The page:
This blog comes from Leslie, a local high school student who wanted to share her thoughts about the way society places responsibility for being sexually assaulted or raped on the victim, instead of the perpetrator. Thank you to Leslie for this piece. If you’d like to be a guest blogger for GENaustin, email firstname.lastname@example.org.
When I got invited to my first high school party, I can’t even explain how excited I was. This was my opportunity to break free of middle school and make my debut into the social scene as an official high school student. So obviously the first thing that would be on my mind concerning the party would be what outfit to wear. I called up an old friend of mine who happened to be a senior boy and asked him to be a consultant in regards to my outfit, because he obviously would know better than I would what to wear to this party. I showed him an outfit that was pretty formfitting, and the reaction that I received shocked me. He told me that I couldn’t wear the dress because I looked like a slut and someone would rape me and it would be my fault because I dressed that way. Think about it. A teenage boy was telling a teenage girl that she couldn’t wear an outfit because she would be asking for rape and it would be her fault as well.
With ideas like this being spoken or thought, I think it’s long overdue for us to have….The talk. This gigantic “clothes cause rape” elephant has been in the living room of society for far too long, and I know it’s an extremely uncomfortable subject, but we need to discuss it, and keep discussing it. Every 2 minutes, a woman in the USA is sexually assaulted, says RAINN (the Rape, Abuse, and Incest National Network). Our society has a tendency to blame the victim because she dressed a certain way; we live in a “She’s Asking for It” culture. However, rape, under no circumstance, should ever be pinned on the victim, no matter what she wore.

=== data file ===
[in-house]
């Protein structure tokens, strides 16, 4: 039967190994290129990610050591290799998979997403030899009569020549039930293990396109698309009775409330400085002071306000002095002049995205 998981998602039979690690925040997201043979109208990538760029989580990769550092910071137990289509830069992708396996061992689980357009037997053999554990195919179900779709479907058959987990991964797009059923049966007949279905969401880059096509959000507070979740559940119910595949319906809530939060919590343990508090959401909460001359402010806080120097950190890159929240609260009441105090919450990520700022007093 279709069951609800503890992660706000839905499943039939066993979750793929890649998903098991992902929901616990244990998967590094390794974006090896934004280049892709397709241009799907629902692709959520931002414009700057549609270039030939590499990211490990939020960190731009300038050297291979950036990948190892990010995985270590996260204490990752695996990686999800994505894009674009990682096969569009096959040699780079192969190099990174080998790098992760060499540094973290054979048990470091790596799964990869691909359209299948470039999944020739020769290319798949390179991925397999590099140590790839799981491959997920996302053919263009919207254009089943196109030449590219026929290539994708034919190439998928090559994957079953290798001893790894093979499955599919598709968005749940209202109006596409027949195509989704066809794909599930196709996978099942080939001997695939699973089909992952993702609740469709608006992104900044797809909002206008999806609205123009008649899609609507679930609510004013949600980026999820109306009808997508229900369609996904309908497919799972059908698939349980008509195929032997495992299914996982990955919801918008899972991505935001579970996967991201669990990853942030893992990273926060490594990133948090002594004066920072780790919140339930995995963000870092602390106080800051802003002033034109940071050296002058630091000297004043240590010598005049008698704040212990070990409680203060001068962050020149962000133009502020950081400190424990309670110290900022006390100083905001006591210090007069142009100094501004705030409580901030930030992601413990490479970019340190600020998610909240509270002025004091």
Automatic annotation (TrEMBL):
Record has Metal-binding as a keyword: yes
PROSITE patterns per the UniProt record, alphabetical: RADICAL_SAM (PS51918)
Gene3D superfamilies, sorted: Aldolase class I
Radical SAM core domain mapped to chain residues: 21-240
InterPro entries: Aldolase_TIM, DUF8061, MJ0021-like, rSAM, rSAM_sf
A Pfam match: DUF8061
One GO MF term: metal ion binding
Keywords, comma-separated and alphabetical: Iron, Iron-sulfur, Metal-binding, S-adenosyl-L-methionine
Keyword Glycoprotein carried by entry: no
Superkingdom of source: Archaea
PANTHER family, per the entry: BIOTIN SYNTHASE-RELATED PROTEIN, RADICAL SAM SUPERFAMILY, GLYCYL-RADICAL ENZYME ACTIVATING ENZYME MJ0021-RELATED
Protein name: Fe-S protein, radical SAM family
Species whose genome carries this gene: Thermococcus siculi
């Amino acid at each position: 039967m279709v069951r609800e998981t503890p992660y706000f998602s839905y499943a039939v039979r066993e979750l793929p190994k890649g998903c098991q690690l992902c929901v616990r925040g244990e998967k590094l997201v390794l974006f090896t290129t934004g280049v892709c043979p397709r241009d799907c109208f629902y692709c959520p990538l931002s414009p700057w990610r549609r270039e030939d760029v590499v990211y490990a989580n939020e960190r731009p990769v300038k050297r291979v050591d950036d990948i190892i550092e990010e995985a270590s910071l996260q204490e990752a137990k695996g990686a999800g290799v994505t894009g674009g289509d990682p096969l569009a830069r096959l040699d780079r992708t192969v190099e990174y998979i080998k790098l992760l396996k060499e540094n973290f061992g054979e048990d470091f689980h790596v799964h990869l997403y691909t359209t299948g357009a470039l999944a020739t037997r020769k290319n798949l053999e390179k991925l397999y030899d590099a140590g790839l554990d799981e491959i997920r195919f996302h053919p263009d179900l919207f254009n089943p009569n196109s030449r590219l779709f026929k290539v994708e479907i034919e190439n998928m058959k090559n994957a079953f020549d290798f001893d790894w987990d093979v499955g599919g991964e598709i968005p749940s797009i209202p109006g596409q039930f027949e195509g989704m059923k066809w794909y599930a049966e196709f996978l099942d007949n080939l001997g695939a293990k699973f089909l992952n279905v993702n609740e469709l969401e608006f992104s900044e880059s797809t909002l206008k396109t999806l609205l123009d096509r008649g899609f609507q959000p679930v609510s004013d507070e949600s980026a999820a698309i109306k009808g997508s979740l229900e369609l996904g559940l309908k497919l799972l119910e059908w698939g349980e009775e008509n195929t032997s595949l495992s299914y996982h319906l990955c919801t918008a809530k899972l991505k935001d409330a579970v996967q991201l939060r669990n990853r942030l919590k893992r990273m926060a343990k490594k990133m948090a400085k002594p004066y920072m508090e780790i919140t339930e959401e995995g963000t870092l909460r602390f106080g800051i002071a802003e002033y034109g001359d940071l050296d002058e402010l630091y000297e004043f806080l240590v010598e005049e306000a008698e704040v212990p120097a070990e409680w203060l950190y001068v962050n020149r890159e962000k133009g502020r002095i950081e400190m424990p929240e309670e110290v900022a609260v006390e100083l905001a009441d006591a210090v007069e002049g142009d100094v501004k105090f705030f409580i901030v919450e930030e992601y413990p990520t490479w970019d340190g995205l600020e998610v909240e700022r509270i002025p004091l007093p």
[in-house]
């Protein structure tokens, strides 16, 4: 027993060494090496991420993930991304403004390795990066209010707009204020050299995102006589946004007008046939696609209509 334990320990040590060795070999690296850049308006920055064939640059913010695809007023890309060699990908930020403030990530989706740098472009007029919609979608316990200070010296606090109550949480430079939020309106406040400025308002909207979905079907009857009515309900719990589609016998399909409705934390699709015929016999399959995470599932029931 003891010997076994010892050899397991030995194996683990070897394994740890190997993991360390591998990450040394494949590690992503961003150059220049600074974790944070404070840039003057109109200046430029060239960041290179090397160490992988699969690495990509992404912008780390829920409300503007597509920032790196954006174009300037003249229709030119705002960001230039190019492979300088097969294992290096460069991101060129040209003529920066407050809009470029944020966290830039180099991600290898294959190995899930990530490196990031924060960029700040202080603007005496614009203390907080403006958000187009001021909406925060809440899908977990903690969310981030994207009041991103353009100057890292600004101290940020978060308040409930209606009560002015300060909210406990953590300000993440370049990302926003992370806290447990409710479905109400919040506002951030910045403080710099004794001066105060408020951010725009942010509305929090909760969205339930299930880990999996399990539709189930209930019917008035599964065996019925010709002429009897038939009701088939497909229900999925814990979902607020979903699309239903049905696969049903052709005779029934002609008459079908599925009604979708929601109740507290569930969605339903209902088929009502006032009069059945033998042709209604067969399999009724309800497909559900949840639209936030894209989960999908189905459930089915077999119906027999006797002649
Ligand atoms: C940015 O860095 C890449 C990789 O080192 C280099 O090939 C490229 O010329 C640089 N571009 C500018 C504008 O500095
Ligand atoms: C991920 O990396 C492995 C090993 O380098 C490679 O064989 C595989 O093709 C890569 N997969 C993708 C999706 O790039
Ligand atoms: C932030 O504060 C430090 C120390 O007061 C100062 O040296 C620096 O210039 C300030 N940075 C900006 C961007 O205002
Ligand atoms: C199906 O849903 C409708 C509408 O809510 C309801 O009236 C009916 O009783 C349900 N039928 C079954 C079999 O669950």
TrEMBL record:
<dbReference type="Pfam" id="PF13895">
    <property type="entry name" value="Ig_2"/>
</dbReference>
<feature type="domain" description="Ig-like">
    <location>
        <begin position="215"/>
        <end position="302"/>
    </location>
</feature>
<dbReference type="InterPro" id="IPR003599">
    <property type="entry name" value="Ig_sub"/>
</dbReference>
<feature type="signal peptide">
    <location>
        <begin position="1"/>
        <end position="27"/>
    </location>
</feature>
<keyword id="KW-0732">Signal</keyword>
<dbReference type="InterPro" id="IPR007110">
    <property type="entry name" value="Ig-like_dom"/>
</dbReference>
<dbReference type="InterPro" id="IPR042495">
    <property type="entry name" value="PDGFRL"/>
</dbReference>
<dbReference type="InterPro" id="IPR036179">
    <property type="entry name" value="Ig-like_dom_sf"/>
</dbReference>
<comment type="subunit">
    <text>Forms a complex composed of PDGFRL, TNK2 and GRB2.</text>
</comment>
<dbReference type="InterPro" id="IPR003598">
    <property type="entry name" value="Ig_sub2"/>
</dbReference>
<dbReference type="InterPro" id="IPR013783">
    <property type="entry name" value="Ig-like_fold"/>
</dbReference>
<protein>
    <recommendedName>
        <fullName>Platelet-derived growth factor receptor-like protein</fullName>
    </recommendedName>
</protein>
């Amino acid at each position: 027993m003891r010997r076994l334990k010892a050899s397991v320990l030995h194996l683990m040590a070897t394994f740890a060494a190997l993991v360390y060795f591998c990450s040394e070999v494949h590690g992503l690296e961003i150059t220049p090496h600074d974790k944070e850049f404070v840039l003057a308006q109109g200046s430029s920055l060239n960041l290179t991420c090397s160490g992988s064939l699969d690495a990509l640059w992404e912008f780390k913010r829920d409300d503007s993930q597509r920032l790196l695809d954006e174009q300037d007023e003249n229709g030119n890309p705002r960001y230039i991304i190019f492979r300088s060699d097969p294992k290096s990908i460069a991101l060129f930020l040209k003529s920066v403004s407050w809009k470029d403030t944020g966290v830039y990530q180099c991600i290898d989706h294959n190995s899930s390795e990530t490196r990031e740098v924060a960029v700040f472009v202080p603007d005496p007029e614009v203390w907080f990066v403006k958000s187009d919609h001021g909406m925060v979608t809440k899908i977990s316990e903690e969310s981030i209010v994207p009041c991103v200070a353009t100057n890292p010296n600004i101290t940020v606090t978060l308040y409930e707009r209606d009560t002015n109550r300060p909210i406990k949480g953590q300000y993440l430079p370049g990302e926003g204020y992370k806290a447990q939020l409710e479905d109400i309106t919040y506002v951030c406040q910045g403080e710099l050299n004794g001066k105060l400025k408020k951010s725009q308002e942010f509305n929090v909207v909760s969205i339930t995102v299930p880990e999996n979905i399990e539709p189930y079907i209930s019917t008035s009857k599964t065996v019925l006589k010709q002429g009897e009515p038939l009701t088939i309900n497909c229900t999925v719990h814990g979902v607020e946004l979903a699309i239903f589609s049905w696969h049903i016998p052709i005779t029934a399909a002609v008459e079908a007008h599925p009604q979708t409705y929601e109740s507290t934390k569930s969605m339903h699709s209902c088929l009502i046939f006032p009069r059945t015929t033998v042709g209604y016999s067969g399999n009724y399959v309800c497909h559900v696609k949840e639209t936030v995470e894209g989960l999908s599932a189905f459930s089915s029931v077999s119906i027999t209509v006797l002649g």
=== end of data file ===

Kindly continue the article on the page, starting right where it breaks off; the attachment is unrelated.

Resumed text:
Women dress to feel comfortable, to feel pretty, and to have confidence in themselves, and every woman has a particular style that accomplishes these goals for her. But society is indirectly taking away this freedom of expression by limiting what we’re allowed to wear by blaming sexual violence on the victim. This victim-blaming idea is demonstrated perfectly in a study called “Wake Up to Rape” by the New Haven Sexual Assault Referral Centers. 56% of women surveyed said that they believed rape victims should take responsibility for what happened to them. 28% (more than 1/4) of survey respondents said that culpability lies with the victim if she dressed provocatively. Because of these attitudes, more than 50% of women believed they would be too embarrassed or ashamed to tell anyone of what happened to them. Maybe that’s why out of the roughly 200,000 sexual assault victims (12 or older) each year, less than half will ever report their assault to the police. We should be taking care of the victims, not making them feel even worse about what happened to them.
Elizabeth Harrison from the New Haven Sexual Assault Referral Centers sums it up perfectly when she says, “Clearly, women are in a position where they need to take responsibility for themselves – but whatever you wear and whatever you do does not give somebody else the right to rape you.” If a girl was walking by a group of high school football players hanging out without their shirts on, she obviously couldn’t resist running her hands over their washboard abs. They were asking for it, right? She couldn’t stop herself, right? Then why is there that double standard? No one has a right to your body except for you. Hopefully America will start changing their perspective on rape and victim-blaming soon, before countless other women and girls take responsibility for a crime that they didn’t commit.
Clothes don’t speak. But I do. And I’m telling you, “I’m not asking for it.” No woman is. No matter what she wears.